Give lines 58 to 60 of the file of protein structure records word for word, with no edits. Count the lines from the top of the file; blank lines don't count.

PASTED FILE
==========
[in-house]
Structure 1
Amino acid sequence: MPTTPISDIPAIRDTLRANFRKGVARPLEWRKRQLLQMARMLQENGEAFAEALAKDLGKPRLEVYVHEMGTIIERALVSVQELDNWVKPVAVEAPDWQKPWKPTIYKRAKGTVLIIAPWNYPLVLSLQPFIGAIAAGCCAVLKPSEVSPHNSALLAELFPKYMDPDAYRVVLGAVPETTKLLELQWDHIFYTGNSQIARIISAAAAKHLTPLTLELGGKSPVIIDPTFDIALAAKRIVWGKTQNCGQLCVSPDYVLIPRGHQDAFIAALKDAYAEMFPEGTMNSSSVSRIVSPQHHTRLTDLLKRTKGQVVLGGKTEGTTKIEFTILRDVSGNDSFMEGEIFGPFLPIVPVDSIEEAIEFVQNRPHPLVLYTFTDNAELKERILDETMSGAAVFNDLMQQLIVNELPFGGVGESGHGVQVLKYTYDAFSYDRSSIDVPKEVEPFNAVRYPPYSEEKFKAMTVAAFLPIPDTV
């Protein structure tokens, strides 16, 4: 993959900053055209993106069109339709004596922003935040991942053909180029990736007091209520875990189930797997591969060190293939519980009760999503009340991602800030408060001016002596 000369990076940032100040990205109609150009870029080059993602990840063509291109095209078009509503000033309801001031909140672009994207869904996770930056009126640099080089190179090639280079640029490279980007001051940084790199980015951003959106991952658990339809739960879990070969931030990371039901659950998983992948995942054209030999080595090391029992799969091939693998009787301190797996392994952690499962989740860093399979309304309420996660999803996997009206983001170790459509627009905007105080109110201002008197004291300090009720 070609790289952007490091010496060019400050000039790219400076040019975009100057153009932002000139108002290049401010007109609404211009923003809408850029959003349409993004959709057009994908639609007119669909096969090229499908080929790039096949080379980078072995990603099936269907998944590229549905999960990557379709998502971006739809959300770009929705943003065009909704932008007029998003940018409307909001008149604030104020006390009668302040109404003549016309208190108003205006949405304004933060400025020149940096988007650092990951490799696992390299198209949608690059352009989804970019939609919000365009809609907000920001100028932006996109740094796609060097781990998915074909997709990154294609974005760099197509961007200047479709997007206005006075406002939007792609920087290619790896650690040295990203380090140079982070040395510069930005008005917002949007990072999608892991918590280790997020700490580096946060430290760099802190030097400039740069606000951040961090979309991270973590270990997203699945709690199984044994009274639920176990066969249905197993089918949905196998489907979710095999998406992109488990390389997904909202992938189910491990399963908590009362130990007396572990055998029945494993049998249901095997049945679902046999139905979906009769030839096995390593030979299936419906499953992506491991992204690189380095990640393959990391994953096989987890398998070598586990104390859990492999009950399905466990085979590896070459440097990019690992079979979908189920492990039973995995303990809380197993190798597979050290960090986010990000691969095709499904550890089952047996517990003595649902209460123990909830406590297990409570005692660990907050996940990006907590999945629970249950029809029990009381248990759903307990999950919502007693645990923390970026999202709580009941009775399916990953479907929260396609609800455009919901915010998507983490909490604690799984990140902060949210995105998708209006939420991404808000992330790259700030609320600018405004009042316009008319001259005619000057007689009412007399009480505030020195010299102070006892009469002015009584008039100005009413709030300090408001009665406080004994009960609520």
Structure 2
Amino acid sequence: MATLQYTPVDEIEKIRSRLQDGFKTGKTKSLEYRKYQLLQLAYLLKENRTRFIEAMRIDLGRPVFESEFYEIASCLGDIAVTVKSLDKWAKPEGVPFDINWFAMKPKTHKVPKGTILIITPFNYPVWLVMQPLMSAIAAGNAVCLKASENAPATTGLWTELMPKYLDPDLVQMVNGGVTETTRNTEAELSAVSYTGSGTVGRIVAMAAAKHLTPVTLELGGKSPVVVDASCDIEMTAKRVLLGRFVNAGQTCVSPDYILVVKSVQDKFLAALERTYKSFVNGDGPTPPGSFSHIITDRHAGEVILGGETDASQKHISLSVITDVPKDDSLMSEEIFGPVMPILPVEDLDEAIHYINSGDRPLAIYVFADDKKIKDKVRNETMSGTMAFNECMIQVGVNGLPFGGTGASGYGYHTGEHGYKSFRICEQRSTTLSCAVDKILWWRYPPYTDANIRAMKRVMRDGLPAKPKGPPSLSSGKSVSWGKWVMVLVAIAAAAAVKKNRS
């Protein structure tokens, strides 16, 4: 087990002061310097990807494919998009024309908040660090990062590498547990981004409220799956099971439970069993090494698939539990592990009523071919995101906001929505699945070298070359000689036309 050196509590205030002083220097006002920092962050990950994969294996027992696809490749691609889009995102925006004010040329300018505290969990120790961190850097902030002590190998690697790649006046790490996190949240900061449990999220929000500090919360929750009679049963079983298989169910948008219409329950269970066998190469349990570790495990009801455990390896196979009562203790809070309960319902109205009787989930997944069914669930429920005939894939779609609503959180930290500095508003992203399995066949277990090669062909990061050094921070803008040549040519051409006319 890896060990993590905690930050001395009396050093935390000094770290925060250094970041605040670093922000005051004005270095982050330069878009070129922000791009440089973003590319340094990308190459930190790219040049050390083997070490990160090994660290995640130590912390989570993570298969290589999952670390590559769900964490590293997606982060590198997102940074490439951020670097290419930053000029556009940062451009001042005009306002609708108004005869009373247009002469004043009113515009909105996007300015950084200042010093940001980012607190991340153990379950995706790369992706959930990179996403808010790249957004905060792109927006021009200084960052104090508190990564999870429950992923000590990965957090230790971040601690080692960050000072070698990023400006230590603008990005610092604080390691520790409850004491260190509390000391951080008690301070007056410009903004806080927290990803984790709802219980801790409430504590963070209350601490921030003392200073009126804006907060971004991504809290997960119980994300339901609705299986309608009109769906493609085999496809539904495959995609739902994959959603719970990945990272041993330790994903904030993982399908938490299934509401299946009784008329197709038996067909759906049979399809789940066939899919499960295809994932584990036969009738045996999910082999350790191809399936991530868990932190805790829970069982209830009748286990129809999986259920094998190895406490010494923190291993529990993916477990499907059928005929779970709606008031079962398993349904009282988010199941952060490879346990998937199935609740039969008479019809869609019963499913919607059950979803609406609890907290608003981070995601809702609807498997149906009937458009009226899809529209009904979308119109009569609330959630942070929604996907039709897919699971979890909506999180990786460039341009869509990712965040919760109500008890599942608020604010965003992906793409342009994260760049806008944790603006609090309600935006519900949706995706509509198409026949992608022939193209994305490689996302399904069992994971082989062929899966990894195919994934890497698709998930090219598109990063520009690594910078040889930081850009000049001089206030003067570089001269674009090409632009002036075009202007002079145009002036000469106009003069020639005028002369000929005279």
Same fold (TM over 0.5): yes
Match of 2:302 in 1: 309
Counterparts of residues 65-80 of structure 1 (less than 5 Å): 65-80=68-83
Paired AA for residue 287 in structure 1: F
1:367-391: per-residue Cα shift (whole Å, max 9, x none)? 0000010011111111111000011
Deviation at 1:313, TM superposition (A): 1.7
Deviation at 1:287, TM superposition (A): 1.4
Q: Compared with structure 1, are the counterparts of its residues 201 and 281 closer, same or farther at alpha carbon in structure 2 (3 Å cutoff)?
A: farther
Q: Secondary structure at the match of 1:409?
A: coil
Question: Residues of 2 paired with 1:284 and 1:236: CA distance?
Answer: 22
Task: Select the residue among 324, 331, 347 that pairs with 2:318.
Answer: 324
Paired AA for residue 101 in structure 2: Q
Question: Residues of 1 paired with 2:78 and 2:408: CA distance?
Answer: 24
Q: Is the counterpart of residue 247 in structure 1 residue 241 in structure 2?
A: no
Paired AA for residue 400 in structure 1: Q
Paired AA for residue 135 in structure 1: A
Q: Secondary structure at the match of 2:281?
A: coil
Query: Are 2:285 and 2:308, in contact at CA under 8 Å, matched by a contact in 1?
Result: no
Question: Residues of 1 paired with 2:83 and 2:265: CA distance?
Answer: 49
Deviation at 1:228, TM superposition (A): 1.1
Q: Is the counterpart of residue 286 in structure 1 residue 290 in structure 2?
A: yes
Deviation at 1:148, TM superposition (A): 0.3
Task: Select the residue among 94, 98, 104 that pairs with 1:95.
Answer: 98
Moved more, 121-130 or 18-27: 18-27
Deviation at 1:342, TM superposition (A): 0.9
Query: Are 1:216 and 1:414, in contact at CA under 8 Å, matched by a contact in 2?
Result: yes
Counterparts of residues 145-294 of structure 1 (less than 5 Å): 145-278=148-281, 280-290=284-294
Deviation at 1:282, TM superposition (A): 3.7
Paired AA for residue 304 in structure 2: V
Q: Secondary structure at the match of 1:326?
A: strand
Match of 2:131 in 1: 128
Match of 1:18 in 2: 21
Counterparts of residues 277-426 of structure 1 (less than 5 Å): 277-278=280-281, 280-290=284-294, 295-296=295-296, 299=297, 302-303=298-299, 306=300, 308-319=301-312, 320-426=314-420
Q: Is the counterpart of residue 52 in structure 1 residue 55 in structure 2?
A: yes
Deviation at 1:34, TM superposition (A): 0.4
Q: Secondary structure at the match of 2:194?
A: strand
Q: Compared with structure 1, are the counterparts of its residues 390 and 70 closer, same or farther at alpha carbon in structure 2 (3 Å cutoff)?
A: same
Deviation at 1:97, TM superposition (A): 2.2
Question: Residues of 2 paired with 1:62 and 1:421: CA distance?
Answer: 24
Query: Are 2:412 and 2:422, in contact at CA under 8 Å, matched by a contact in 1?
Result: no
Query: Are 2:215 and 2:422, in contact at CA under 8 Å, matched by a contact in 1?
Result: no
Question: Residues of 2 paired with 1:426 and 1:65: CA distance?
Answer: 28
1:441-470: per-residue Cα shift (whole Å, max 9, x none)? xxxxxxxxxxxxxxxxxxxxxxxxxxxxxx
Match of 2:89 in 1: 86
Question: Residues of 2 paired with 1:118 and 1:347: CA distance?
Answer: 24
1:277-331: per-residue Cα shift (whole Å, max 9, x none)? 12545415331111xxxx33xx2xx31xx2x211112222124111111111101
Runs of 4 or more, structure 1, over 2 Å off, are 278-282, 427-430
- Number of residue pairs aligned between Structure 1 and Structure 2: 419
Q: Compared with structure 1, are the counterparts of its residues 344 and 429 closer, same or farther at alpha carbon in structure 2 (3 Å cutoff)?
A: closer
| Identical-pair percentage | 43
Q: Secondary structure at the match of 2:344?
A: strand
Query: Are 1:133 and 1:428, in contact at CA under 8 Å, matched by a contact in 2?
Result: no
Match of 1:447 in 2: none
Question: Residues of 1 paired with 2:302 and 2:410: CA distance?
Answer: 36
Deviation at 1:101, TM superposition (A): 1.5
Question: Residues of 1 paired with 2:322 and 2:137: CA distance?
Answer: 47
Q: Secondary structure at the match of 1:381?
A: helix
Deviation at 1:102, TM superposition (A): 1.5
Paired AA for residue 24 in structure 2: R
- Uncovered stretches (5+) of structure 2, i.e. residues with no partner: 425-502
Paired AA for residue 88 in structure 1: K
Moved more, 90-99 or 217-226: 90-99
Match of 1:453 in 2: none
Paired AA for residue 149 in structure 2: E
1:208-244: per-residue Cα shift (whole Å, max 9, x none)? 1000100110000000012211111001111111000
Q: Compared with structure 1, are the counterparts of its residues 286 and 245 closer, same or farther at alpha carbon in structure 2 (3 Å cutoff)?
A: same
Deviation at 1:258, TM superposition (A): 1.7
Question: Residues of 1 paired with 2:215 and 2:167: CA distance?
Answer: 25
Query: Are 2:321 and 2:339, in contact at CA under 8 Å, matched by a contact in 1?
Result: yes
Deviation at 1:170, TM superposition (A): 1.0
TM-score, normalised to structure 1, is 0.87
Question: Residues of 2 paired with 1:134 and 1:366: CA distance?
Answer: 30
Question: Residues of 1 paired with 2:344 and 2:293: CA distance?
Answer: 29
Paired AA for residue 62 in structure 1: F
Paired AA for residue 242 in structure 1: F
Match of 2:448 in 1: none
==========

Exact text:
A: strand
Q: Compared with structure 1, are the counterparts of its residues 390 and 70 closer, same or farther at alpha carbon in structure 2 (3 Å cutoff)?
A: same